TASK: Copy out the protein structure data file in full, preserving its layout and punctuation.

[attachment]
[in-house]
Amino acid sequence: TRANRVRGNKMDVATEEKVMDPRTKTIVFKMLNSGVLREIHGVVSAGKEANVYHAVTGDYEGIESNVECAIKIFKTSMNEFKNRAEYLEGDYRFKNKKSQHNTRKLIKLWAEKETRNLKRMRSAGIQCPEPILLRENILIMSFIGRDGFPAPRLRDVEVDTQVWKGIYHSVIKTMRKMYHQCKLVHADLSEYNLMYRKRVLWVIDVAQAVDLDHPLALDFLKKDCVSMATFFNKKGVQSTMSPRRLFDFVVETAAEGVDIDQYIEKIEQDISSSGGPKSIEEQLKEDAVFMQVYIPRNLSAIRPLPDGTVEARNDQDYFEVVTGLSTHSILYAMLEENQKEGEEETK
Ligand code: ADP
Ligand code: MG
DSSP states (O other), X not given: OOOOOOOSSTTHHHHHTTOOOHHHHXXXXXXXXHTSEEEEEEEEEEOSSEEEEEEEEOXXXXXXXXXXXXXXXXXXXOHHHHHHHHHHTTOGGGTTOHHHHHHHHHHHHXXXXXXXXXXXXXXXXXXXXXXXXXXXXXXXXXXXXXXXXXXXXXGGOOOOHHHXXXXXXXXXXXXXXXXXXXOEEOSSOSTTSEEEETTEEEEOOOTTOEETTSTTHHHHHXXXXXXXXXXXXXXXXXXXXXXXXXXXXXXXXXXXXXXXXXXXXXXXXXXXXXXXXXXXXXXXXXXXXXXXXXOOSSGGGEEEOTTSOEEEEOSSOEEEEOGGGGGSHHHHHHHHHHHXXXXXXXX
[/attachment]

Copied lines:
[in-house]
Amino acid sequence: TRANRVRGNKMDVATEEKVMDPRTKTIVFKMLNSGVLREIHGVVSAGKEANVYHAVTGDYEGIESNVECAIKIFKTSMNEFKNRAEYLEGDYRFKNKKSQHNTRKLIKLWAEKETRNLKRMRSAGIQCPEPILLRENILIMSFIGRDGFPAPRLRDVEVDTQVWKGIYHSVIKTMRKMYHQCKLVHADLSEYNLMYRKRVLWVIDVAQAVDLDHPLALDFLKKDCVSMATFFNKKGVQSTMSPRRLFDFVVETAAEGVDIDQYIEKIEQDISSSGGPKSIEEQLKEDAVFMQVYIPRNLSAIRPLPDGTVEARNDQDYFEVVTGLSTHSILYAMLEENQKEGEEETK
Ligand code: ADP
Ligand code: MG
DSSP states (O other), X not given: OOOOOOOSSTTHHHHHTTOOOHHHHXXXXXXXXHTSEEEEEEEEEEOSSEEEEEEEEOXXXXXXXXXXXXXXXXXXXOHHHHHHHHHHTTOGGGTTOHHHHHHHHHHHHXXXXXXXXXXXXXXXXXXXXXXXXXXXXXXXXXXXXXXXXXXXXXGGOOOOHHHXXXXXXXXXXXXXXXXXXXOEEOSSOSTTSEEEETTEEEEOOOTTOEETTSTTHHHHHXXXXXXXXXXXXXXXXXXXXXXXXXXXXXXXXXXXXXXXXXXXXXXXXXXXXXXXXXXXXXXXXXXXXXXXXXOOSSGGGEEEOTTSOEEEEOSSOEEEEOGGGGGSHHHHHHHHHHHXXXXXXXX